My guest today is fellow author, Tabitha Ormiston-Smith, please help me make her feel welcome.
Thank you for having me Lesley, well it all started when I saw the advertisement in the local paper.
‘2 Y. O. Irish Wolfhound, free to good home.’
I was out of work in the recession, and I’d moved to my country house to save rent. I was working on my second novel, and naively hoped I’d be able to make a living from writing books. Ha! I know better now.
I didn’t want a dog, didn’t even like dogs much, but unfortunately my mother was visiting and bullied me into offering the dog a home. ‘You need a dog,’ she said, ‘and a Wolfhound is perfect for your image.’ ‘What image?’ I asked, not unreasonably, I thought. ‘You’re a writer now,’ she said. ‘You’ve got the picturesque cottage already, now you need a Wolfhound.’
My mother, may she rest in peace, was a very forceful woman, and I soon found myself ringing up about the dog. However, it had already gone. I was relieved to hear this, and thought no more about it. Two months later, my mother arrived on my doorstep at 7a.m. ‘She’s got the dog back and she wants you to have it.’
I had lost whatever tiny, forced bit of interest I had had in this dog, but there, I think I’ve mentioned my mother was a forceful woman. I found myself going to her house to speak to the lady. She was crying and hysterical. Apparently she had gone to check on how the dog was settling in and found him in conditions of horrible abuse. I told her I was no longer interested, but she went on and on, whining and crying, and I found myself agreeing to go and see the dog. ‘I’ll come and see him,’ I told her, ‘but I definitely don’t want him.’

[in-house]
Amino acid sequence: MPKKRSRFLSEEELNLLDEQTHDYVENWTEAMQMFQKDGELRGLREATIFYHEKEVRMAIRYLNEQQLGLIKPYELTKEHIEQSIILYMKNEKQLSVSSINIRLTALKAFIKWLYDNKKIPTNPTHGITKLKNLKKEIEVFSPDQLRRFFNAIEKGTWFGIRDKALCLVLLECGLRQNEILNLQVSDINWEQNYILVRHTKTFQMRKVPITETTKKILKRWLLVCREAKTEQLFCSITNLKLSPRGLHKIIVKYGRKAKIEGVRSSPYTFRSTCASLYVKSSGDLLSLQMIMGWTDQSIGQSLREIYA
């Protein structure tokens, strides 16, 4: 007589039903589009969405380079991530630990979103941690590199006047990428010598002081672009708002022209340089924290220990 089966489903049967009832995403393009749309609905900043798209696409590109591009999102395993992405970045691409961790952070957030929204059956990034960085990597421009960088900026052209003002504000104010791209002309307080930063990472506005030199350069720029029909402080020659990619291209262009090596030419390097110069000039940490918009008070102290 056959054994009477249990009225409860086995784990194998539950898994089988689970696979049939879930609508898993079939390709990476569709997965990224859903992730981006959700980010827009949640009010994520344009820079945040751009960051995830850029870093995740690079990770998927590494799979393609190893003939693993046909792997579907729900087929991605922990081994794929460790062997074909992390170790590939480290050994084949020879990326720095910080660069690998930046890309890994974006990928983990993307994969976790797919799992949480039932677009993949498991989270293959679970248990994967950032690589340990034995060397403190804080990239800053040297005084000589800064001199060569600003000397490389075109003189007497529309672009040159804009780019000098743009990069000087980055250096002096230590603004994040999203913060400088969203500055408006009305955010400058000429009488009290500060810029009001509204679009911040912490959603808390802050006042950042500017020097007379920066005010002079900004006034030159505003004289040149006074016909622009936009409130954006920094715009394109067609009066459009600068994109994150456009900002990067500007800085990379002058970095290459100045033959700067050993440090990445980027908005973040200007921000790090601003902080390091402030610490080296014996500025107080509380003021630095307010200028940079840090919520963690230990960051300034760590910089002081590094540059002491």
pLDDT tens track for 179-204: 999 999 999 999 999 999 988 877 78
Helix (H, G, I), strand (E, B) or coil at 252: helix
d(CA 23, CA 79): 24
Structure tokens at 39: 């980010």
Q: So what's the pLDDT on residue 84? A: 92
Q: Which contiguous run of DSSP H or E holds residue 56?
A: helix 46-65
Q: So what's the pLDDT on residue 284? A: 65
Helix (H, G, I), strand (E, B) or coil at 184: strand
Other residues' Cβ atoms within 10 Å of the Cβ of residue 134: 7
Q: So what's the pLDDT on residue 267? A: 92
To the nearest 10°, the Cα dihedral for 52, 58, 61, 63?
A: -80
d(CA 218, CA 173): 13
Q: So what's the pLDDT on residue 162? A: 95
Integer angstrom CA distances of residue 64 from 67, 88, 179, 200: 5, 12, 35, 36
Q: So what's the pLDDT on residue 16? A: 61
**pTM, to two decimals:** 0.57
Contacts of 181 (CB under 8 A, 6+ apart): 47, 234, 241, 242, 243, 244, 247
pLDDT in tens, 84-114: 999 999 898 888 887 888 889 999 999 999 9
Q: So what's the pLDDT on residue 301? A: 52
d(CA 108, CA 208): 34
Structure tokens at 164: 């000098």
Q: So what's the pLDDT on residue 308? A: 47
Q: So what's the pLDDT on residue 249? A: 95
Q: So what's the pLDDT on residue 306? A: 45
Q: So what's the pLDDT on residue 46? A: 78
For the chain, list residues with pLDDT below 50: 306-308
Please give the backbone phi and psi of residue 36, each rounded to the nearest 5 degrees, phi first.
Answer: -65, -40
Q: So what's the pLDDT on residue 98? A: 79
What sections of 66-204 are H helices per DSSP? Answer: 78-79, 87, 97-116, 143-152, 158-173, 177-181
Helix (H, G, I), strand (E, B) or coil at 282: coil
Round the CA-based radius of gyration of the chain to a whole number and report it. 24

That was all good. I’d been firm, and made my position clear.
When we arrived at the farm, the dog was chained to a post in the yard. It was running manically back and forth, and it looked like nothing on earth. It was obviously violently overactive, and it was completely hideous to boot. Then I stepped too close and it jumped on me, knocked me to the ground and stamped on my face.
When I managed to get to my feet, tears streaming from my left eye which had been stamped on, I opened my mouth and said ‘You’ve got to be kidding. I don’t want anything to do with that creature.’ However, something went glitchy in my brain, and what actually came out was ‘Okay, I’ll take him.’
It was a happy accident. Fionn was a wonderful dog. He made me so happy. I found out later that he wasn’t a Wolfhound at all but a Deerhound, and I’m now on my third Deerhound, Emily, who appears on the cover of my just-released novel, Where The Heart Is. Most of that book is about a deerhound, and the character is based on Fionn. Although the book is fiction, the scene where Fiona becomes Fionn’s owner is taken directly from life.
This, to me, exemplifies the old saying, ‘A writer’s duty is to experience life.’ There’s very little, good or bad, that can’t become grist to the writer’s mill sooner or later.
Link to Where The Heart Is on Amazon.
What a wonderful story, thank you Tabitha for sharing.